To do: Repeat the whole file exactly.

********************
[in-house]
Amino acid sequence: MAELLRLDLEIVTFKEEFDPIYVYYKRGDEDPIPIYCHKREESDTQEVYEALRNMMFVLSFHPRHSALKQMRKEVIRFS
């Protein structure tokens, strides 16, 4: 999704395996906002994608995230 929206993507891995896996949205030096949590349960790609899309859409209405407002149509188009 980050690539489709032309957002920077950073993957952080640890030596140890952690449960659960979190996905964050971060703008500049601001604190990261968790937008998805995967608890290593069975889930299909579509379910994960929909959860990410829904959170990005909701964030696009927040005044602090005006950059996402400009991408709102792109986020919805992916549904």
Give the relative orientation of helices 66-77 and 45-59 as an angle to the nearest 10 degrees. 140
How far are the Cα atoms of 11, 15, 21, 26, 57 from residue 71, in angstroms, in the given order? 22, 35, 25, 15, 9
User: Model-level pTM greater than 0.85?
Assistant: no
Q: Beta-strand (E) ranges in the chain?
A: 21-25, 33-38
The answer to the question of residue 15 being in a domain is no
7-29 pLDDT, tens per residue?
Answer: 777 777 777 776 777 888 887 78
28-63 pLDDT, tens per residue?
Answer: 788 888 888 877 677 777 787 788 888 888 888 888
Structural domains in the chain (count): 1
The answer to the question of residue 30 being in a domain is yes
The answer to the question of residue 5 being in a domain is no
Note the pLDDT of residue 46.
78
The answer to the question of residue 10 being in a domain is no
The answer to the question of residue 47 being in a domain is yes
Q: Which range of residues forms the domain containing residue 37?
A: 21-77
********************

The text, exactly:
[in-house]
Amino acid sequence: MAELLRLDLEIVTFKEEFDPIYVYYKRGDEDPIPIYCHKREESDTQEVYEALRNMMFVLSFHPRHSALKQMRKEVIRFS
């Protein structure tokens, strides 16, 4: 999704395996906002994608995230 929206993507891995896996949205030096949590349960790609899309859409209405407002149509188009 980050690539489709032309957002920077950073993957952080640890030596140890952690449960659960979190996905964050971060703008500049601001604190990261968790937008998805995967608890290593069975889930299909579509379910994960929909959860990410829904959170990005909701964030696009927040005044602090005006950059996402400009991408709102792109986020919805992916549904």
Give the relative orientation of helices 66-77 and 45-59 as an angle to the nearest 10 degrees. 140
How far are the Cα atoms of 11, 15, 21, 26, 57 from residue 71, in angstroms, in the given order? 22, 35, 25, 15, 9
User: Model-level pTM greater than 0.85?
Assistant: no
Q: Beta-strand (E) ranges in the chain?
A: 21-25, 33-38
The answer to the question of residue 15 being in a domain is no
7-29 pLDDT, tens per residue?
Answer: 777 777 777 776 777 888 887 78
28-63 pLDDT, tens per residue?
Answer: 788 888 888 877 677 777 787 788 888 888 888 888
Structural domains in the chain (count): 1
The answer to the question of residue 30 being in a domain is yes
The answer to the question of residue 5 being in a domain is no
Note the pLDDT of residue 46.
78
The answer to the question of residue 10 being in a domain is no
The answer to the question of residue 47 being in a domain is yes
Q: Which range of residues forms the domain containing residue 37?
A: 21-77